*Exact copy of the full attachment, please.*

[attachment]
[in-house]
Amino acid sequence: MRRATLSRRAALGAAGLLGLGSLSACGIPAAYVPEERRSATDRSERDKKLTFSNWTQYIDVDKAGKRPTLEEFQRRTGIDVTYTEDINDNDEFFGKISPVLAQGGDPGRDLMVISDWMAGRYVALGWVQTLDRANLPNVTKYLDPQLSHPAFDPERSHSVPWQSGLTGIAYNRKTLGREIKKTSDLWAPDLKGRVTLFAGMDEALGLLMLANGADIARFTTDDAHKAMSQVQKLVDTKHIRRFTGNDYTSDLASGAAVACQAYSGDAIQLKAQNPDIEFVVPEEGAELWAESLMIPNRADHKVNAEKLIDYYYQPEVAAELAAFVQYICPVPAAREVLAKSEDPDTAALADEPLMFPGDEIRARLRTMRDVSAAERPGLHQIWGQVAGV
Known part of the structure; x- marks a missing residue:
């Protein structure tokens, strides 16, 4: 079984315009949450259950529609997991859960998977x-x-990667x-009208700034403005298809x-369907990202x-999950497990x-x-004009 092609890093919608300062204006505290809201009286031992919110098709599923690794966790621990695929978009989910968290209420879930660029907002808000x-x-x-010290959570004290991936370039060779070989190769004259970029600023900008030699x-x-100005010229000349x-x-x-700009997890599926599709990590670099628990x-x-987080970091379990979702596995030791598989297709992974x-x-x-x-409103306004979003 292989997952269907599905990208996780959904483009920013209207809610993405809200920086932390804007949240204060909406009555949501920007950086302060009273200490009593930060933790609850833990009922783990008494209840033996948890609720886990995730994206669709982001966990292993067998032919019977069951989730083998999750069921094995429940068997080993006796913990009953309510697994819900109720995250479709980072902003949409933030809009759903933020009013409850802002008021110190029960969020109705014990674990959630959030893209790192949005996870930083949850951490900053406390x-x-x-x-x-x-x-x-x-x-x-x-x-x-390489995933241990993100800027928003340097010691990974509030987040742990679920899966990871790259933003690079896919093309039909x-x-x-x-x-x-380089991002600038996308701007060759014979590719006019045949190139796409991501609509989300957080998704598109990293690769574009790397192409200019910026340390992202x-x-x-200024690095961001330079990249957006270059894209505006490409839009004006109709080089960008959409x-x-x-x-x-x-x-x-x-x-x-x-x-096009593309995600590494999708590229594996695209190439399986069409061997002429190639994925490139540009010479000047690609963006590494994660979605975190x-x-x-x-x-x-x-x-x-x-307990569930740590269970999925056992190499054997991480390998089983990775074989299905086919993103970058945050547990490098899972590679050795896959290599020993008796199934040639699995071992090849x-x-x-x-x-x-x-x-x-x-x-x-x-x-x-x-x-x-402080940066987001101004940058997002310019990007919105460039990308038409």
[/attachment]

[in-house]
Amino acid sequence: MRRATLSRRAALGAAGLLGLGSLSACGIPAAYVPEERRSATDRSERDKKLTFSNWTQYIDVDKAGKRPTLEEFQRRTGIDVTYTEDINDNDEFFGKISPVLAQGGDPGRDLMVISDWMAGRYVALGWVQTLDRANLPNVTKYLDPQLSHPAFDPERSHSVPWQSGLTGIAYNRKTLGREIKKTSDLWAPDLKGRVTLFAGMDEALGLLMLANGADIARFTTDDAHKAMSQVQKLVDTKHIRRFTGNDYTSDLASGAAVACQAYSGDAIQLKAQNPDIEFVVPEEGAELWAESLMIPNRADHKVNAEKLIDYYYQPEVAAELAAFVQYICPVPAAREVLAKSEDPDTAALADEPLMFPGDEIRARLRTMRDVSAAERPGLHQIWGQVAGV
Known part of the structure; x- marks a missing residue:
């Protein structure tokens, strides 16, 4: 079984315009949450259950529609997991859960998977x-x-990667x-009208700034403005298809x-369907990202x-999950497990x-x-004009 092609890093919608300062204006505290809201009286031992919110098709599923690794966790621990695929978009989910968290209420879930660029907002808000x-x-x-010290959570004290991936370039060779070989190769004259970029600023900008030699x-x-100005010229000349x-x-x-700009997890599926599709990590670099628990x-x-987080970091379990979702596995030791598989297709992974x-x-x-x-409103306004979003 292989997952269907599905990208996780959904483009920013209207809610993405809200920086932390804007949240204060909406009555949501920007950086302060009273200490009593930060933790609850833990009922783990008494209840033996948890609720886990995730994206669709982001966990292993067998032919019977069951989730083998999750069921094995429940068997080993006796913990009953309510697994819900109720995250479709980072902003949409933030809009759903933020009013409850802002008021110190029960969020109705014990674990959630959030893209790192949005996870930083949850951490900053406390x-x-x-x-x-x-x-x-x-x-x-x-x-x-390489995933241990993100800027928003340097010691990974509030987040742990679920899966990871790259933003690079896919093309039909x-x-x-x-x-x-380089991002600038996308701007060759014979590719006019045949190139796409991501609509989300957080998704598109990293690769574009790397192409200019910026340390992202x-x-x-200024690095961001330079990249957006270059894209505006490409839009004006109709080089960008959409x-x-x-x-x-x-x-x-x-x-x-x-x-096009593309995600590494999708590229594996695209190439399986069409061997002429190639994925490139540009010479000047690609963006590494994660979605975190x-x-x-x-x-x-x-x-x-x-307990569930740590269970999925056992190499054997991480390998089983990775074989299905086919993103970058945050547990490098899972590679050795896959290599020993008796199934040639699995071992090849x-x-x-x-x-x-x-x-x-x-x-x-x-x-x-x-x-x-402080940066987001101004940058997002310019990007919105460039990308038409």